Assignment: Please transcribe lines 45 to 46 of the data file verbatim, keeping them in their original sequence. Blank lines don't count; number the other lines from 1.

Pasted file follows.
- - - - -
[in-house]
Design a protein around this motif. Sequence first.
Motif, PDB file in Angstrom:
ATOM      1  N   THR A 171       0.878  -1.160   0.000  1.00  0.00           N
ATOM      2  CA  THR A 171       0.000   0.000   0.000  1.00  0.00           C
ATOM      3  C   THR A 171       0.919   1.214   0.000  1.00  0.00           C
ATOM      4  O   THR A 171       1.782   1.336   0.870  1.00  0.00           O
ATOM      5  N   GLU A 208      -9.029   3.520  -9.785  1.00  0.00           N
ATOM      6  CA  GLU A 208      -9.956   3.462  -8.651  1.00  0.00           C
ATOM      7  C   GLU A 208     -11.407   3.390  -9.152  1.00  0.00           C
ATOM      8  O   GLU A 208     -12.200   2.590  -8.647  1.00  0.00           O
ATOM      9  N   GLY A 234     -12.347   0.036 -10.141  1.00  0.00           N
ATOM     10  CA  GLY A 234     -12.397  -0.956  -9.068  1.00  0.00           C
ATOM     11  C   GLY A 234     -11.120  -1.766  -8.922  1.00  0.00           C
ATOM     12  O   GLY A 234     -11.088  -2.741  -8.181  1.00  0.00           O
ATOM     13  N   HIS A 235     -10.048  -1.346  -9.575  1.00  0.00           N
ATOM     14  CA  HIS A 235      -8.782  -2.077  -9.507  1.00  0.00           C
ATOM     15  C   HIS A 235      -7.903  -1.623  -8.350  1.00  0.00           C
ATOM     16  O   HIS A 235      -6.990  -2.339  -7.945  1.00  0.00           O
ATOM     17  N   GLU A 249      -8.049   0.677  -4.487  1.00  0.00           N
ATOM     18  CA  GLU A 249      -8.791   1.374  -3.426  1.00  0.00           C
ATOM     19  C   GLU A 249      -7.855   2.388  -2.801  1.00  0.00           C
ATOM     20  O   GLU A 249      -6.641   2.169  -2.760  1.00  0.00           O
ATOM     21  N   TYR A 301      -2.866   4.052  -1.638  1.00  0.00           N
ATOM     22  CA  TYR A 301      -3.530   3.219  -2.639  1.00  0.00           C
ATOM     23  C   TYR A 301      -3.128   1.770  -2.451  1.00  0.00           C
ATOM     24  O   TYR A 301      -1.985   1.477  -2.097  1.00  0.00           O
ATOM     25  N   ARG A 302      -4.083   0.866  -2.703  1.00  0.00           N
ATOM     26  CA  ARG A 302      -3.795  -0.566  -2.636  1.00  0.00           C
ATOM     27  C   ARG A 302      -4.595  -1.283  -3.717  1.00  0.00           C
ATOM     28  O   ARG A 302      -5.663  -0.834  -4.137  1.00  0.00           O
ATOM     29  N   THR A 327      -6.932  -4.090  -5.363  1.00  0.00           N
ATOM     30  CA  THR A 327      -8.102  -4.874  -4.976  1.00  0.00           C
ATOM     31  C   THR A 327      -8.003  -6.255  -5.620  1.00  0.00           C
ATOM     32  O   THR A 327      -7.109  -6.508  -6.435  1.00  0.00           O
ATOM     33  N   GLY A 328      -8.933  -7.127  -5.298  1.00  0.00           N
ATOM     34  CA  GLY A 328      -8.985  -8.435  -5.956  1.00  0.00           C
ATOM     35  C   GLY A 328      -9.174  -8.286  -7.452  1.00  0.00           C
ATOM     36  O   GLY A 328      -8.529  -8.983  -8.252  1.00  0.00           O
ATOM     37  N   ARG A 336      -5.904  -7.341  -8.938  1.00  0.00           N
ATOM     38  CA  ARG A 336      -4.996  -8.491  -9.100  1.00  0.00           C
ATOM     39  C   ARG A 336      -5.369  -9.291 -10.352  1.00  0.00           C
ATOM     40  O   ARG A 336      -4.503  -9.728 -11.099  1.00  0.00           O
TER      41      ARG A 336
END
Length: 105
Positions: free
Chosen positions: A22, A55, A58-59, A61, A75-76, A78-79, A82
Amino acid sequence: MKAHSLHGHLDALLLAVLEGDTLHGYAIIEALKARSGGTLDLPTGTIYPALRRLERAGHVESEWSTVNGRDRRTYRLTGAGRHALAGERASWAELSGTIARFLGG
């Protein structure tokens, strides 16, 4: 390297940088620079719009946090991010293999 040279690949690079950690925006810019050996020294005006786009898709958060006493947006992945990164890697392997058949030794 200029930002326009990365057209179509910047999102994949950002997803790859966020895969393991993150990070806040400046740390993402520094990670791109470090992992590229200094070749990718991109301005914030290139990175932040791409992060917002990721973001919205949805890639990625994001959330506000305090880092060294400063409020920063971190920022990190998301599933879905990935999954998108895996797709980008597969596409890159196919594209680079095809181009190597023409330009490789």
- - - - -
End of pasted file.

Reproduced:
END
Length: 105